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Really? Any good guesses on your end? I can try to get a few better photos in true light tomorrow with a new lens I just got to see if that might help. But my camera is limited. But I will see what I'm able to get.

#8 Offline Batspiderfish - Posted January 10 2018 - 8:11 PM

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There is typically less noise to reduce with better light, so that may help. Noise reduction is built into a lot of cameras and it basically turns sharp edges into tiny, painting-like smudges.

I wouldn't be able to make a reliable guess without seeing more detail. She might even be out of the microgyna group.


If you've enjoyed using my expertise and identifications, please do not create undue ecological risk by releasing your ants. The environment which we keep our pet insects is alien and oftentimes unsanitary, so ensure that wild populations stay safe by giving your ants the best care you can manage for the rest of their lives, as we must do with any other pet.

 

Exotic ants are for those who think that vibrant diversity is something you need to pay money to see. It is illegal to transport live ants across state lines.

 

----

Black lives still matter.


#9 Offline MegaMyrmex - Posted January 10 2018 - 8:35 PM

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Formica parasite for sure but I don't know which species...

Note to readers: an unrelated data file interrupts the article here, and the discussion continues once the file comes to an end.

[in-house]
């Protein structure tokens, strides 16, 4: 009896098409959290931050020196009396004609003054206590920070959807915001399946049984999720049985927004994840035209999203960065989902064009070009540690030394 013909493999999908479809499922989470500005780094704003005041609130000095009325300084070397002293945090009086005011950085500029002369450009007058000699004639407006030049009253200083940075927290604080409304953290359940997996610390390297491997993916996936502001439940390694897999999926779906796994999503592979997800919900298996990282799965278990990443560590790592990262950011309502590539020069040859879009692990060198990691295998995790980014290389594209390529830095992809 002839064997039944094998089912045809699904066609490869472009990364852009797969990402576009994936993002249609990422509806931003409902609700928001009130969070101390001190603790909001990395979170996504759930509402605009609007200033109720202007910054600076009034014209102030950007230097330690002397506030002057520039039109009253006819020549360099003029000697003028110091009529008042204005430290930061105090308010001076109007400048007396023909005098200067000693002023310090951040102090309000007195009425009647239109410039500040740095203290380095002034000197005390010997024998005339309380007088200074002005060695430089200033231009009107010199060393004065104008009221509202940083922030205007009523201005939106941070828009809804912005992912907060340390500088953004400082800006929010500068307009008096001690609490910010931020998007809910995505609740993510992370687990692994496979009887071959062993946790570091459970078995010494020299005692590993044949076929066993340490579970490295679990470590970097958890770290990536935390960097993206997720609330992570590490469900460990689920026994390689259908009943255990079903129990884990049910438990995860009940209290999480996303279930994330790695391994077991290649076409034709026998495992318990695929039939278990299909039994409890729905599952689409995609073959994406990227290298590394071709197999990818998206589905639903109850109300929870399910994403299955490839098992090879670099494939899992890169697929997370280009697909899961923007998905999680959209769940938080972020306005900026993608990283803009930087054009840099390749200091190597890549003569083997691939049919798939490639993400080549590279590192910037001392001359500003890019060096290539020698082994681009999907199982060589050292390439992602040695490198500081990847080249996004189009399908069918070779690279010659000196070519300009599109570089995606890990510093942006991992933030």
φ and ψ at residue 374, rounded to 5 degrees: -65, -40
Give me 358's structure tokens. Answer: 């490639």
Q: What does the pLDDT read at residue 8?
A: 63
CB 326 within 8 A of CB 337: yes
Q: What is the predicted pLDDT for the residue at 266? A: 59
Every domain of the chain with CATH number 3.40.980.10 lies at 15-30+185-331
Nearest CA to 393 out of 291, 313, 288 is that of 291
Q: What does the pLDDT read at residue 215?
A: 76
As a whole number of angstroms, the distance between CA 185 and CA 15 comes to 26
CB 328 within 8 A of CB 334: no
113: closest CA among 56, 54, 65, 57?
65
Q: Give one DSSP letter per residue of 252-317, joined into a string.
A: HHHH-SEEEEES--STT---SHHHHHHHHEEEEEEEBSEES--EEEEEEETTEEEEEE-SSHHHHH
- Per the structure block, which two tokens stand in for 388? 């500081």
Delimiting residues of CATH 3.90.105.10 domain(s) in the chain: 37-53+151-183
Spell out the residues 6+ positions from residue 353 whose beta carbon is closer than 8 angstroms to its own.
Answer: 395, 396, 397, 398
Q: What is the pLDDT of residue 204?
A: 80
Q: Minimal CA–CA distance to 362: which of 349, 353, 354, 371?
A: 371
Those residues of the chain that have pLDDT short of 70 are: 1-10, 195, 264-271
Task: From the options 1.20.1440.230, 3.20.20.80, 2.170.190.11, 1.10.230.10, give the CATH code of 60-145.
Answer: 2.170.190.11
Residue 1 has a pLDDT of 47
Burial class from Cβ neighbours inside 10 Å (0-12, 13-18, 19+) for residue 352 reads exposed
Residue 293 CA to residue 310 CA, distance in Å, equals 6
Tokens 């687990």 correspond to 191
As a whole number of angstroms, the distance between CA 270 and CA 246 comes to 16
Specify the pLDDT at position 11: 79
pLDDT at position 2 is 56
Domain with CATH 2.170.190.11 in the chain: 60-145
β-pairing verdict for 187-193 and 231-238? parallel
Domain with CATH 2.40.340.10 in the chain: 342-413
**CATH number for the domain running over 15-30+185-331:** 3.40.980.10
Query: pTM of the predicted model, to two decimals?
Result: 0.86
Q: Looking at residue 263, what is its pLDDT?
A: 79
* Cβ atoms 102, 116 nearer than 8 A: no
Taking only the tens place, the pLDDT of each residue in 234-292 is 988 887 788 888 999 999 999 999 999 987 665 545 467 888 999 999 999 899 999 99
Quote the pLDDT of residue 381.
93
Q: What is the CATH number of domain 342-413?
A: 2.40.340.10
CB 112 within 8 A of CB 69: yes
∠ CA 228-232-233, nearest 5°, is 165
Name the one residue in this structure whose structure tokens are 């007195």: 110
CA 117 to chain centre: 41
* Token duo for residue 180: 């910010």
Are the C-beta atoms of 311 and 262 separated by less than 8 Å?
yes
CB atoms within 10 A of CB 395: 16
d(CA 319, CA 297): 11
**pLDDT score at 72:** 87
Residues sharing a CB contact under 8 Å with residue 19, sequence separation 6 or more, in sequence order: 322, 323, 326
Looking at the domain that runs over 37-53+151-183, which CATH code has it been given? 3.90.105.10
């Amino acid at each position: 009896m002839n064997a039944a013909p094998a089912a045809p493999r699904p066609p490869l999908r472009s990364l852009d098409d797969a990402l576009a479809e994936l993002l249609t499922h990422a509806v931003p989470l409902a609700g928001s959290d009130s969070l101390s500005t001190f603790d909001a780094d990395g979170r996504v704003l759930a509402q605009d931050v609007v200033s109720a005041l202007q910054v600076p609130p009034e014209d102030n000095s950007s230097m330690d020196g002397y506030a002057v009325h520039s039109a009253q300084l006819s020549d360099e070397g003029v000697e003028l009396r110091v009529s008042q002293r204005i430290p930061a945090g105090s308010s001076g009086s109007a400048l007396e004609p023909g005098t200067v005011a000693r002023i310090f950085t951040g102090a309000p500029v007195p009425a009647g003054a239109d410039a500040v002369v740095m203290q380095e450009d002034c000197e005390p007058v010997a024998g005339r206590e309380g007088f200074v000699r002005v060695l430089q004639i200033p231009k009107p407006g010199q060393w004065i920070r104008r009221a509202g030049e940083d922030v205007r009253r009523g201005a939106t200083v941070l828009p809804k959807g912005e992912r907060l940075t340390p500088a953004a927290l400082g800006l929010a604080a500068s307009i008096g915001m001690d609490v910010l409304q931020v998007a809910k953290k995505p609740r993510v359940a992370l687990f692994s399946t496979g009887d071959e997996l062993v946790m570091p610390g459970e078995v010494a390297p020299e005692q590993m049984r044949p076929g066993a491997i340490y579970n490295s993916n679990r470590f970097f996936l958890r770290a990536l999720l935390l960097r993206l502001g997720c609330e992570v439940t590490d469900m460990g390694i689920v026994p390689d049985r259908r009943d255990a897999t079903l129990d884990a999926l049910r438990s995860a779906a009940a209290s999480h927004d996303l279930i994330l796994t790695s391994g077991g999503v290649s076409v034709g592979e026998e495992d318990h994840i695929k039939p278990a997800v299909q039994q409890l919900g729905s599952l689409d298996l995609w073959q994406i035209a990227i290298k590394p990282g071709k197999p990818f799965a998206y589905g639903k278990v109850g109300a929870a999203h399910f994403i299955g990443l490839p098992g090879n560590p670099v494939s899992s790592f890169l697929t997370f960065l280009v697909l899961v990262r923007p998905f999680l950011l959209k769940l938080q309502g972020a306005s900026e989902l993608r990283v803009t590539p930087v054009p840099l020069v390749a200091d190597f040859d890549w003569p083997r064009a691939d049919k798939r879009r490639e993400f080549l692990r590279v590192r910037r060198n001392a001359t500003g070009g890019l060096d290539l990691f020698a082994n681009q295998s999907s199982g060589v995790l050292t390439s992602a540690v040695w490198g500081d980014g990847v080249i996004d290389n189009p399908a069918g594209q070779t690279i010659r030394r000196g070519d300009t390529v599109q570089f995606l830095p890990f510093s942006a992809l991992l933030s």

Current colonies-

 

- 2 Camponotus chromaoides(1 colony has 4 workers, other 1 worker) 

- 1 Tetramorium immigrans colony(7 workers)

- 1 Aphaenogaster sp. queen(founding colony)

- 2 Lasius claviger queens with host workers. They don't seem to be doing well and workers are dying off :( 

- And a whole lot of Crematogaster queens

 

Species checklist(ants found so far)-

- Aphaenogaster teneseensis

- Aphaenogaster picea

- Aphaenogaster sp.

- Brachymyrmex patagonicus

- Camponotus castaneus

- Camponotus chromaoides

- Camponotus nearcticus

- Camponotus pennsylvanicus

- Camponotus subbarbatus

- Colobopsis impressus(dead queen... :*(

- Crematogaster sp.

- Formica pallidefulva

- Formica sanguinea

- Formica subsericea

- Hypoponera sp.

- Lasius claviger

- Lasius umbratus

- Lasius neoniger

- Lasius sp.

- Monomorium minimum

- Myrmica sp.

- Nylanderia flavipes

- Pheidole morrisi

- Pheidole bicarinata

- Pheidole dentata(all pheidole found were workers only :( )

- Ponera pennsylvanica

- Prenolepis imparis

- Strumigenys rostrate

‚Äč- Stigmatomma pallipes :dance2:  :dance: 

- Tetramorium immigrans

- Tapinoma sessile

 

Queens/colonies to Look for-

- Pheidole

- Trachymyrmex septentrionalis

- Polyergus

- Dolichoderus

- Myrmica

- Stigmatomma pallipes